Red Bait

Most well-known once washed ashore and decidedly smelly, red bait (Pyura stolonifera) is a fascinating sea squirt, or solitary ascidian, that grows attached to rocks, reefs and artificial structures. Commonly found in dense aggregates in cool and temperate coastal waters throughout Namibia and along South Africa’s west and southern coastlines, red bait is distinguished by a thick creased brown external covering, with two protruding syphons. Beneath the wrinkled exterior lies a fleshy pink, red or orange centre, which is greatly valued by fishermen, and forms the namesake of this specific species. Growing up to 20 cm in diameter, red bait occurs within the intertidal zone and at depths of up to 10 metres.

Red Bait
Red Bait

As with other sea squirts, red bait are filter feeders that extract plankton and other small particles from water moving through the syphons. The inhalant syphon opens to the pharynx, which essentially acts as a mouth. The digestive process starts here, where mucus traps food particles. The collected food moves through the esophagus into the stomach, where enzymes break it down. The intestine then processes the food, leading to a cloaca for waste expulsion.

Due to their rudimentary nervous system, sea squirts lack distinct sense organs but have various receptors in their body wall for touch, chemoreception, and light detection. Despite no true brain, a major ganglion between syphons sends body-wide nerves, with an exocrine gland below it connected to the pharynx. Red bait, like most ascidians, are hermaphrodites, having both male and female reproductive organs, from which they release eggs and sperm into the water for external fertilisation. Fertilised eggs develop into tadpole-like larvae that, using light, gravity, and touch, settle on surfaces and thereafter undergo metamorphosis into juveniles, which develop syphons for feeding and reach sexual maturity within a few weeks.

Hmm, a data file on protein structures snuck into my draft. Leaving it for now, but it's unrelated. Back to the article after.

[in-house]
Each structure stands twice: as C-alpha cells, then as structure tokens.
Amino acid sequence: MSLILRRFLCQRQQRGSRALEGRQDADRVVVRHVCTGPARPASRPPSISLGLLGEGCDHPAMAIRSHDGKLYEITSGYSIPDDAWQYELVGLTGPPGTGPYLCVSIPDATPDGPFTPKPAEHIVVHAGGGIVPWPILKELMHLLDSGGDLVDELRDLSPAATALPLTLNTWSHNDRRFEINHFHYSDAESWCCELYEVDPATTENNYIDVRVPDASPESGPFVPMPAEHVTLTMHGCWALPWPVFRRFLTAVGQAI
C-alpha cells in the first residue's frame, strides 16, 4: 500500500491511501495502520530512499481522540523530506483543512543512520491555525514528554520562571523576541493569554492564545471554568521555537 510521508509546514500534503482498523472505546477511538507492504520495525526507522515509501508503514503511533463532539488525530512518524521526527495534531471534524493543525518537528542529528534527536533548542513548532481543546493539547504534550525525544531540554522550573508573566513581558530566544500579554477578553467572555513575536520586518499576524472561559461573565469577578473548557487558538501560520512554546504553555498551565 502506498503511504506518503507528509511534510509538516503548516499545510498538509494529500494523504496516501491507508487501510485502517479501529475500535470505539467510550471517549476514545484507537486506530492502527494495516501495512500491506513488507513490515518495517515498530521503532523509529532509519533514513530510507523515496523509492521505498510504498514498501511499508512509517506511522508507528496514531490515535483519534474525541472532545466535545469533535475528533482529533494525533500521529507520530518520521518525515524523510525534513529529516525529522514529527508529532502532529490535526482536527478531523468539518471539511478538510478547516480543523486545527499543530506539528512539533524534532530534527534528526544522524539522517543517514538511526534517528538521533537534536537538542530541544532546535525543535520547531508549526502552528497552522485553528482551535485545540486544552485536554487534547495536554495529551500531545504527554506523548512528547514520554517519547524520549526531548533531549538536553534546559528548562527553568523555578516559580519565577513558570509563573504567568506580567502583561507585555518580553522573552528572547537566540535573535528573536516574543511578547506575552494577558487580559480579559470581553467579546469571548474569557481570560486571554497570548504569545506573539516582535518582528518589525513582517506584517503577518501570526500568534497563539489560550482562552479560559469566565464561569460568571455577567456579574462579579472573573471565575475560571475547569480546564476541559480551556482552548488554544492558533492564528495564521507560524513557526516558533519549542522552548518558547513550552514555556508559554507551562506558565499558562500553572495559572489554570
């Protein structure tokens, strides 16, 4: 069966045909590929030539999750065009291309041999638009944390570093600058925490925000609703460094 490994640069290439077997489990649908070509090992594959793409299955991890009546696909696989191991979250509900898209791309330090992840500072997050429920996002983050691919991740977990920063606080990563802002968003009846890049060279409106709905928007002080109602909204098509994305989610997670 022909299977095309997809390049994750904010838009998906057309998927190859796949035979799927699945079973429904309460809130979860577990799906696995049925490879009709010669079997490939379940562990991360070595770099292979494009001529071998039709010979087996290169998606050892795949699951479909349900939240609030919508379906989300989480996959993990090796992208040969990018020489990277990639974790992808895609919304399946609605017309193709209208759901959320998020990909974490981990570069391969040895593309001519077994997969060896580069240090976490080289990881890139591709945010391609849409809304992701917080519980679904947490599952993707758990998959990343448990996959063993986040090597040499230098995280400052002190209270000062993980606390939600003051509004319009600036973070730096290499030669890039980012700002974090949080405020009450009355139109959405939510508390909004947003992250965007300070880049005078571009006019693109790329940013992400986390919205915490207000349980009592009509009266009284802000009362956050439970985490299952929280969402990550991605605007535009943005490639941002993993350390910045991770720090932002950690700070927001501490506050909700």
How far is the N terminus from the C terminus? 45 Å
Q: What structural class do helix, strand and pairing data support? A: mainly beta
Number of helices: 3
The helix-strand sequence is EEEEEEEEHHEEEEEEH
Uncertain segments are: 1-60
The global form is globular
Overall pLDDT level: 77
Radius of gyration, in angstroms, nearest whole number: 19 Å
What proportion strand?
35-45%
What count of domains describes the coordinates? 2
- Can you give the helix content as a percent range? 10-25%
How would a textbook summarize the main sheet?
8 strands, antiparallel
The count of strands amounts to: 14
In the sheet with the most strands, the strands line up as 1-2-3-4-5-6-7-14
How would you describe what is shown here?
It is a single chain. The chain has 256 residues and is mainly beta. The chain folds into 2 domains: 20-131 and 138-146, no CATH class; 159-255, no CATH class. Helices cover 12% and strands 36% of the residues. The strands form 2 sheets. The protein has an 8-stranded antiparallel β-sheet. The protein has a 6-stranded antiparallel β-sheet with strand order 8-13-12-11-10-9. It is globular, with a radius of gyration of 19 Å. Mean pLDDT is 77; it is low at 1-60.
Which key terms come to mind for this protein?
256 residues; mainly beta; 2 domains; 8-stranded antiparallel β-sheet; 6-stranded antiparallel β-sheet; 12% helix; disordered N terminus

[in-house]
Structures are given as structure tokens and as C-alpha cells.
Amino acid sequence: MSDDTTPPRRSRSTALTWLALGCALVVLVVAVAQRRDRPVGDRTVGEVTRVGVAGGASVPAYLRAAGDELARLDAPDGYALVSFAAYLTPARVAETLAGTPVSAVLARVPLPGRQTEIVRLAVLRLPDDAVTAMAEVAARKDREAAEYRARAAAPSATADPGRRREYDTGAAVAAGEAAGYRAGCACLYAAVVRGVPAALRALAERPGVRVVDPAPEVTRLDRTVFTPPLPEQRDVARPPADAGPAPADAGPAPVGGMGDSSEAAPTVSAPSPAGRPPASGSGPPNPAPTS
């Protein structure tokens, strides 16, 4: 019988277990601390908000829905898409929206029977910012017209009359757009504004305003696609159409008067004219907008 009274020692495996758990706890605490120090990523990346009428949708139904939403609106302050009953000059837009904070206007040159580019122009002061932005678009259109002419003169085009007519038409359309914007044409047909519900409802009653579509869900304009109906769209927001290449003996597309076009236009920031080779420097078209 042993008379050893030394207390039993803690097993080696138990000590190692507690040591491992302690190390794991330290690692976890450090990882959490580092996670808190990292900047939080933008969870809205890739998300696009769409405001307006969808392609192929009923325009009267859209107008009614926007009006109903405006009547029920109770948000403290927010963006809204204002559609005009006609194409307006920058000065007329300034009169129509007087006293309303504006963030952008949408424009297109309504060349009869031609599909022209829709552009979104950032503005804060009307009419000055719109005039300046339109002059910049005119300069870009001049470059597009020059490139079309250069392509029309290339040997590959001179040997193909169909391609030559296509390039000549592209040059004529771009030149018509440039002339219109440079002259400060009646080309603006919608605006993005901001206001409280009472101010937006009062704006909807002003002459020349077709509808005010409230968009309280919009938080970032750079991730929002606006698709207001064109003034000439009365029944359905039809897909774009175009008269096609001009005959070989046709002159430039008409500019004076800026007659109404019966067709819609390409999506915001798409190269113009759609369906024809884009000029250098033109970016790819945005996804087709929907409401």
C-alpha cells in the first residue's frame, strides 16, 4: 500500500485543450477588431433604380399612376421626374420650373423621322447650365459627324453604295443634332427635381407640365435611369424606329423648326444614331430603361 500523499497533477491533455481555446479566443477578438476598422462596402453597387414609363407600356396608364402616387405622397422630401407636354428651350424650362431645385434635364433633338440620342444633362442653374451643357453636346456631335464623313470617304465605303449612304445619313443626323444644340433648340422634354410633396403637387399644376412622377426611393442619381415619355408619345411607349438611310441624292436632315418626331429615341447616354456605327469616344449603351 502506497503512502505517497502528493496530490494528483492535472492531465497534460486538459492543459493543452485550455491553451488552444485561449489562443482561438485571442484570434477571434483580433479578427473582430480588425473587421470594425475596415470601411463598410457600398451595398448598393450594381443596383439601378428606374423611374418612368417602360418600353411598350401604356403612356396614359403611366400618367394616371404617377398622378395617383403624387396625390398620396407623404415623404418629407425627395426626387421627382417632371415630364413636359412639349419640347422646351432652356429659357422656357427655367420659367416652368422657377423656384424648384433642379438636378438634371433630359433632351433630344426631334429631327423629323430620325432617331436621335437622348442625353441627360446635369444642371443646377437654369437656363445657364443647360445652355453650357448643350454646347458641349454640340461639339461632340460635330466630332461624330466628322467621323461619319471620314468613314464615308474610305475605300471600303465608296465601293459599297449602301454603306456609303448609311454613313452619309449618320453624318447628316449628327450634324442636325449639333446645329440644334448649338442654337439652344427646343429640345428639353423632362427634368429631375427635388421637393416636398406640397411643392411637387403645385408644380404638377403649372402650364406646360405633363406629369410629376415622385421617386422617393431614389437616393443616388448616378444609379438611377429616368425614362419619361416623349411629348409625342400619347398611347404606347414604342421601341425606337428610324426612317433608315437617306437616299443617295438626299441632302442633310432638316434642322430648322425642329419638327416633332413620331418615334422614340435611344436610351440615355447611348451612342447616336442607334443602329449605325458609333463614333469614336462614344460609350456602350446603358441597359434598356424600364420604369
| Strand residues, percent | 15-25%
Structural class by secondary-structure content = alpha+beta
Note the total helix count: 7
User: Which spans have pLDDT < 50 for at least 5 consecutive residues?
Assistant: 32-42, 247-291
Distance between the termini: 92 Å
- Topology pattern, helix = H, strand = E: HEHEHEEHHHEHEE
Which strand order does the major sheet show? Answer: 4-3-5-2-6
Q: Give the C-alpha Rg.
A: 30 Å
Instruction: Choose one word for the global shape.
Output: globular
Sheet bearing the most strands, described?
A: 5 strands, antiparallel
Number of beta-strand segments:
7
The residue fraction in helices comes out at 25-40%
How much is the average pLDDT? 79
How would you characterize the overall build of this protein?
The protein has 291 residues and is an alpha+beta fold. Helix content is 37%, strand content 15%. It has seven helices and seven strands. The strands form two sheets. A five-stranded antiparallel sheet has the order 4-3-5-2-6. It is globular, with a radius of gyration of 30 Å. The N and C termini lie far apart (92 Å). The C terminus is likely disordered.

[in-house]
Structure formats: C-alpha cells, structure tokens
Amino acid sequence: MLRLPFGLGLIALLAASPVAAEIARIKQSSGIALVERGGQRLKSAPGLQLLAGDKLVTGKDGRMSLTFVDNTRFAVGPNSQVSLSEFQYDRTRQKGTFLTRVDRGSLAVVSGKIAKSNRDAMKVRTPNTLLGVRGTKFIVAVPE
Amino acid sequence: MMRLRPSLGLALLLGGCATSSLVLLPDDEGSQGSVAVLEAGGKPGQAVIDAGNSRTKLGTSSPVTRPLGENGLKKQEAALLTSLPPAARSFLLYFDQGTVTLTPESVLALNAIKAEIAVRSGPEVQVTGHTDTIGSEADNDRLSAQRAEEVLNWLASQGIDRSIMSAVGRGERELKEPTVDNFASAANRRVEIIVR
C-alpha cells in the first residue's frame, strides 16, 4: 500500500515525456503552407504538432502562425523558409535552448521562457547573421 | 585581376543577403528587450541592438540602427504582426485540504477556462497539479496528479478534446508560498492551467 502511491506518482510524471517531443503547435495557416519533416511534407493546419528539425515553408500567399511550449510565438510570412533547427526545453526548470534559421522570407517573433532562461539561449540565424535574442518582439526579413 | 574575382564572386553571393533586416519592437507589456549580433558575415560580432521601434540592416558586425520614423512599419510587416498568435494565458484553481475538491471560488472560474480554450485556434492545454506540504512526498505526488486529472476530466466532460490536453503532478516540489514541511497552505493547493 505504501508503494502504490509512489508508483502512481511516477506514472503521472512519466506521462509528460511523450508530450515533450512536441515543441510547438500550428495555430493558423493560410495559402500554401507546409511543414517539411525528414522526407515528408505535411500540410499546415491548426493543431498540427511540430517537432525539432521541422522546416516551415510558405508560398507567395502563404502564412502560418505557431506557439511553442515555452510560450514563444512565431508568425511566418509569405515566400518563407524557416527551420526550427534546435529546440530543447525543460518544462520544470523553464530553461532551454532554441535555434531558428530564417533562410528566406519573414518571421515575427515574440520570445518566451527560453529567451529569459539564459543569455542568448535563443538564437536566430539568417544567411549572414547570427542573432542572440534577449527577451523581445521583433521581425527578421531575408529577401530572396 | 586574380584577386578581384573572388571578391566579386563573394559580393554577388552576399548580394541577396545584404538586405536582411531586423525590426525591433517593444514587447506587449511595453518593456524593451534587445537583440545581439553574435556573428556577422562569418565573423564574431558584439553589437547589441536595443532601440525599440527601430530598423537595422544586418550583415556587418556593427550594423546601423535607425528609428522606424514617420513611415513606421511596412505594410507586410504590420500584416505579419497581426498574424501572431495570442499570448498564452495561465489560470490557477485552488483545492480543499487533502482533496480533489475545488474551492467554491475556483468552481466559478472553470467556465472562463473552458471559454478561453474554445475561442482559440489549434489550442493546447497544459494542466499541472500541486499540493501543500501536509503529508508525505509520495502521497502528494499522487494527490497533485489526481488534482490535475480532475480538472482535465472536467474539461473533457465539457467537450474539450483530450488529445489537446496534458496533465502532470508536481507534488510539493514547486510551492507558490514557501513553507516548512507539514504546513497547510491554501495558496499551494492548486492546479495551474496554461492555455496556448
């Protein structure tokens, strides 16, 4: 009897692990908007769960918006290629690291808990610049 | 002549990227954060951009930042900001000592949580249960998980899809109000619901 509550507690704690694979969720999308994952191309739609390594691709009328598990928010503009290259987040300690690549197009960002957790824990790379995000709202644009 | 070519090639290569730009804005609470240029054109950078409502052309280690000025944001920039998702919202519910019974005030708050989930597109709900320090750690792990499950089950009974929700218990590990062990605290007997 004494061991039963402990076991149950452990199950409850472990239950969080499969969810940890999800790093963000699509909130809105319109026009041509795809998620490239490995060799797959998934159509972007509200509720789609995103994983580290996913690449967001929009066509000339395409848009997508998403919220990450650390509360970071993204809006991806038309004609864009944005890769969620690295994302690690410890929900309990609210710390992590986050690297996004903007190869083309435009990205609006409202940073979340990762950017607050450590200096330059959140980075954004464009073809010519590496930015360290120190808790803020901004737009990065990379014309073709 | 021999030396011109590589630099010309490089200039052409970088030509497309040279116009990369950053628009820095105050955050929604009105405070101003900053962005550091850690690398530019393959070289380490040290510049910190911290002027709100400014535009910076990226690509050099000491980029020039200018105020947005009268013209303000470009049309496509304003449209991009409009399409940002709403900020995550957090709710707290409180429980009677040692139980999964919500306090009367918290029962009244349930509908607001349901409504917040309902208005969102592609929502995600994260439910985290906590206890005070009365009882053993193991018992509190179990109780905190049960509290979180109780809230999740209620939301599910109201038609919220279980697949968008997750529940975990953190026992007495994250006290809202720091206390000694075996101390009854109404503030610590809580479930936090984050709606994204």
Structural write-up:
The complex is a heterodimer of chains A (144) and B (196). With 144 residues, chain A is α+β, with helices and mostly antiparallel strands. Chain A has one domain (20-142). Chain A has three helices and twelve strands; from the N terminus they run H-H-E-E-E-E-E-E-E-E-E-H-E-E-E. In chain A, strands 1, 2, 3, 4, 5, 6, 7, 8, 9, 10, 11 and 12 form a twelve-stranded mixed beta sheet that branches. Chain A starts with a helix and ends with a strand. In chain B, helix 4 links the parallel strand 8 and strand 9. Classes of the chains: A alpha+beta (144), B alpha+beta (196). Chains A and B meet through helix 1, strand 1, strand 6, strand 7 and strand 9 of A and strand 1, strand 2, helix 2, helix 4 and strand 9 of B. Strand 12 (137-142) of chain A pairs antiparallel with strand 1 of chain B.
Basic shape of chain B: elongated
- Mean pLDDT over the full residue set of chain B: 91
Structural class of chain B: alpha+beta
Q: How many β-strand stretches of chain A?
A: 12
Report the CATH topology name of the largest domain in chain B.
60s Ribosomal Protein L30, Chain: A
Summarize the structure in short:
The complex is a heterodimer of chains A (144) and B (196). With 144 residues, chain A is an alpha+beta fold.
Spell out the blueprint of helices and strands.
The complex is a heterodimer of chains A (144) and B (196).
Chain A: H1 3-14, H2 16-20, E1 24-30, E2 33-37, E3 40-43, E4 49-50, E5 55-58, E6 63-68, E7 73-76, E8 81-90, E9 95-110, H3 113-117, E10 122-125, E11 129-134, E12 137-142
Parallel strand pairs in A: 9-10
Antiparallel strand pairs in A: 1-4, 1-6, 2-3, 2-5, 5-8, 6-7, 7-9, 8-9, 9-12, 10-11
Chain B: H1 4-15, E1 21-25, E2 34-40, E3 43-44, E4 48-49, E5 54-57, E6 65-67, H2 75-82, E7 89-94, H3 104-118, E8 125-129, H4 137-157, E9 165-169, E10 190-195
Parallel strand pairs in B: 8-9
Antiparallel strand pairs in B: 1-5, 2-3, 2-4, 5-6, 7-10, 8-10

Red Bait Syphon
Red Bait Syphon

In many areas, red bait covers the majority of surfaces within intertidal zones, creating a habitat for small marine invertebrates such as crabs, copepods and amphipods. While they are largely favoured by fishermen for use as angling bait, red bait are naturally sought out as a food source by fish, sea birds, otters and other coastal marine species. Furthermore, subsistence fishers harvest red bait due to its value as a protein source.

Despite occurring prolifically along the southern African coastline, red bait, and sea squirts in general, are largely understudied. Due to this abundance and their extended range, these ecosystem engineers are not a species of conservation concern and therefore have not been assessed by the IUCN Red List, as their populations are said to be stable. Nonetheless, red bait forms a fundamental component of the intertidal zone and are fascinating creatures contributing not only to the biodiversity and the functioning of these systems, but also as an important marine resource.


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